Washington Post article
February 15, 1992
by Carey Kinsolving
Brenda Hunter knows the pain that comes from a mother’s inability to nurture her child. She said that it happened to her, and she knows it leaves people unable to enter into intimate relationships.
She also knows that the pain does not have to last always. There can be spiritual healing.
Hunter, a psychologist in Northern Virginia, believes a divine design supports her statement: “The mother is the architect of intimacy.”
More than 20 years ago, Hunter started on the road to healing and intimacy through a nurturing group of Christians at L’Abri Fellowship in London. But many people never do recover and become what Hunter calls “walking time bombs.’
Hunter writes in her book “Home by Choice” that her mother “missed out” as one of eight children vying for the attention of her alcoholic father. In turn, Hunter suffered.
Now, at 50, Hunter has appeared on several national television talk shows recently with a message that some people are emotionally dysfunctional because of insufficient nurturing. Hunter’s words are striking an emotional chord. “I have a vacuum in my soul,” one woman told her.
This vacuum is what Hunter calls “soul hunger,” and she said it has its roots in the Garden of Eden. After the fall, Adam and Eve began “blaming each other,” Hunter said. “There is a defensive posture and lack of vulnerability.”
Hunter believes Adam and Eve experienced psychological as well as physical nakedness before the fall. Blaming others, she said, is an easy way to dismiss the emotional legacy we bring into a relationship.
This legacy also often leads to a fear of commitment, resulting in one-night stands and ultimately a loss of self-esteem.
“When we enter into a relationship without commitment, we have to build walls to protect the vulnerable self,” Hunter said. “Each of us is very vulnerable behind those defenses.”
Last month Hunter talked about intimacy to a Washington-area singles group called “First Monday,” Her approach was direct.
And just what is intimacy? she asked.
Psychologists, she said, describe it as the ability to be close to another in a committed relationship, to be transparent without fear of rejection. It is the bedrock ability to trust another and share one’s deepest self, knowing that you will be accepted as you are.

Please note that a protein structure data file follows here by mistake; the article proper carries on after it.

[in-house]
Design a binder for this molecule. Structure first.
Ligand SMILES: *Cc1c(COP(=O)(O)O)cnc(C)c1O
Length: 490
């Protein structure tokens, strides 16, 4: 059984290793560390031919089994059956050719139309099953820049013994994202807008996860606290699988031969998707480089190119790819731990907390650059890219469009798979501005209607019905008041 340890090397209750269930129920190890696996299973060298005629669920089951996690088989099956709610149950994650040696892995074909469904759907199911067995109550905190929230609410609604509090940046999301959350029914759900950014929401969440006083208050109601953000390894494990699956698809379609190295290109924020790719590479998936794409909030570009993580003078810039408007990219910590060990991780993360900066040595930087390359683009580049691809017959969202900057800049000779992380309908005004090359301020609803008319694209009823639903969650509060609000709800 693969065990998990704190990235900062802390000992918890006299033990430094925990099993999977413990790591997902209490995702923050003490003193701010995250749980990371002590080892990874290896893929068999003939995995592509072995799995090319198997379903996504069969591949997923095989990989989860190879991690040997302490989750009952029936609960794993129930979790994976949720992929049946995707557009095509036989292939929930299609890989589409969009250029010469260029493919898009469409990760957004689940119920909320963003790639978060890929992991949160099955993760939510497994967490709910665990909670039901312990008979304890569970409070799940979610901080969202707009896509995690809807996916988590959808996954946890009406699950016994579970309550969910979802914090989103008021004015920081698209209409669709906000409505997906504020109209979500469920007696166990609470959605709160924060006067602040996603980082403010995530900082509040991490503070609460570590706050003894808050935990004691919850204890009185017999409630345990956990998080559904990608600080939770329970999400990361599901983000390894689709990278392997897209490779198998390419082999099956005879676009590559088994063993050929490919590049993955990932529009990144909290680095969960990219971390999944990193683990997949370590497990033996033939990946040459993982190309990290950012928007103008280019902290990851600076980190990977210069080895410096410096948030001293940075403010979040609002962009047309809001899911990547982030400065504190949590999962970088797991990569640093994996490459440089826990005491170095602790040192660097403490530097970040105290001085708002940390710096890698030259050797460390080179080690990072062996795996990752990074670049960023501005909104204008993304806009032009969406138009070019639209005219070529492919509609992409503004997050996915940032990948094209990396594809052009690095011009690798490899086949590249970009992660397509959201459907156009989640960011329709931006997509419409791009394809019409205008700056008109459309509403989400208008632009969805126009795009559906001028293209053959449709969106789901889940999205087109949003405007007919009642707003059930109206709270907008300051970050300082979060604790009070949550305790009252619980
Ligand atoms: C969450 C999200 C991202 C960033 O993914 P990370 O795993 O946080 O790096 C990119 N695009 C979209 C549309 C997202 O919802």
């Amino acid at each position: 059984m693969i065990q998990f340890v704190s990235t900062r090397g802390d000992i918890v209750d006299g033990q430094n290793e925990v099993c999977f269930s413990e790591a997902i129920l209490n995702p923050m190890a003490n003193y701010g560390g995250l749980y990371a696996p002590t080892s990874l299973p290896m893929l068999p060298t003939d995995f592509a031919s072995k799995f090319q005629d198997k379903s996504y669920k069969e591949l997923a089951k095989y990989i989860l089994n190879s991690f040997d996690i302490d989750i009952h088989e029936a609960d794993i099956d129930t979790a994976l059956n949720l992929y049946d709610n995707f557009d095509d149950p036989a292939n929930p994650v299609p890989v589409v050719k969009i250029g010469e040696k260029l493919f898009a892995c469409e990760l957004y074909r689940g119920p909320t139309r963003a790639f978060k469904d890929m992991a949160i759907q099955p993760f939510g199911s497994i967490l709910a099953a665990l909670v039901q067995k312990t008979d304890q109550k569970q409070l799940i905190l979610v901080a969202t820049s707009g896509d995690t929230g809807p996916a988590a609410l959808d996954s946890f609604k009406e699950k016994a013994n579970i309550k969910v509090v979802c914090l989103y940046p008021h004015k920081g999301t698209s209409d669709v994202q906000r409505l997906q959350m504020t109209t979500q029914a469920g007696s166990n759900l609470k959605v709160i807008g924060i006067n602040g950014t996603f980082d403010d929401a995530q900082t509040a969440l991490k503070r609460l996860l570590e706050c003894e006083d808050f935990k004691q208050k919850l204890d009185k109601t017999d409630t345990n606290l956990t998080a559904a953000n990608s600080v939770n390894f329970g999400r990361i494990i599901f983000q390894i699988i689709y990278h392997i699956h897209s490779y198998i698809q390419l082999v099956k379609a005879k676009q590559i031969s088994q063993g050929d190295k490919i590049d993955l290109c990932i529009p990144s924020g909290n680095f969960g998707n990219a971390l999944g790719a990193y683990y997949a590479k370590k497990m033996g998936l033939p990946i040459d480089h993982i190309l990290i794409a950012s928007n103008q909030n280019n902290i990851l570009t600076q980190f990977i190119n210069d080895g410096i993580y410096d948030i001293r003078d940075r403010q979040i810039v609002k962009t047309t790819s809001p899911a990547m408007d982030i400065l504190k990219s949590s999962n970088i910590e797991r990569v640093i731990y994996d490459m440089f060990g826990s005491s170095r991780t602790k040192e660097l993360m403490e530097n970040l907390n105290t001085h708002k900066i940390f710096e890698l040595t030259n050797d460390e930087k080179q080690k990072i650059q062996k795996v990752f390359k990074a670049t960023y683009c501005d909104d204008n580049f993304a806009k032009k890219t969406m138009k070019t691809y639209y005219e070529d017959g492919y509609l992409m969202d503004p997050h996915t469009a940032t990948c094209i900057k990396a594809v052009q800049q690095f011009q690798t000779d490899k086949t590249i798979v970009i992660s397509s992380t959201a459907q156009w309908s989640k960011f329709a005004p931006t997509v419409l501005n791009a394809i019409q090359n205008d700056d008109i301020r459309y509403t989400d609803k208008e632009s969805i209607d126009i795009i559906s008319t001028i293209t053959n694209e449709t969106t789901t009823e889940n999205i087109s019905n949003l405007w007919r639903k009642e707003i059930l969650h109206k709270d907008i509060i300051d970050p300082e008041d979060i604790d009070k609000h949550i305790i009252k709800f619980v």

“Intimacy begins face-to-face, then becomes heart-to-heart, soul-to-soul and should be finally body-to-body within the confines of a committed marital relationship,” Hunter said. “All humans need this kind of unconditional love. If we fail to experience it, we may experience soul hunger.”
Hunter said a large part of her practice at the Minirth-Meier & Byrd Clinic in Fairfax involves getting clients to deal with their pain instead of blaming others for it. A spokeswoman for the clinic describes its approach to mental health as a biblically based one that promotes “whole person living [physical, spiritual and emotional].”
Hunter often sees a connection between her work at the clinic and her doctoral work at Georgetown University, where she specialized in infant attachment: the early bonding between mother and baby. Her research and desire to provide counsel to mothers at home led her to establish a national organization, Home by Choice.
“Every baby is programmed to fall in love with [its] mother,” Hunter said. “Babies can only see about 8 to 15 inches away when very young. And that’s about breast to face.”
“For a child, absence generates profound feelings of rejection and a yearning for love that can dominate the whole of life.”
Hunter said her research led her to conclude that one’s early parenting history influences marital choice, the degree of self-esteem and the ability to be intimate with a spouse and children.
A year after Hunter’s second daughter was born, her husband left her. As a single parent with two babies, she began what she calls an inner journey of healing that forced her to confront her unnurtured past.
Hunter said she found her healing nestled in L’Abri, a Christian community started by the late Frances Schaeffer in Ealing, London.
“I believe that when we find God, his Holy Spirit is like a laser, and he heals the wounded recesses of personality,” Hunter said. “I don’t believe this happens overnight, but that He enables us to confront our wounded past and our inner pain. This may involve some confrontation with a parent, but it always involves forgiveness.”
Hunter received a doctorate in psychology from Georgetown University last year, and she now leads others through the healing process that she knows so well. Often, after coming home from seeing some of her clients, she marvels at the wonder of God’s compassion.
“I can feel the weight of my clients’ suffering, and I don’t know how Jesus carried all of the weight of our suffering,” Hunter said as her eyes moistened. “He was God and I don’t know how he did it.”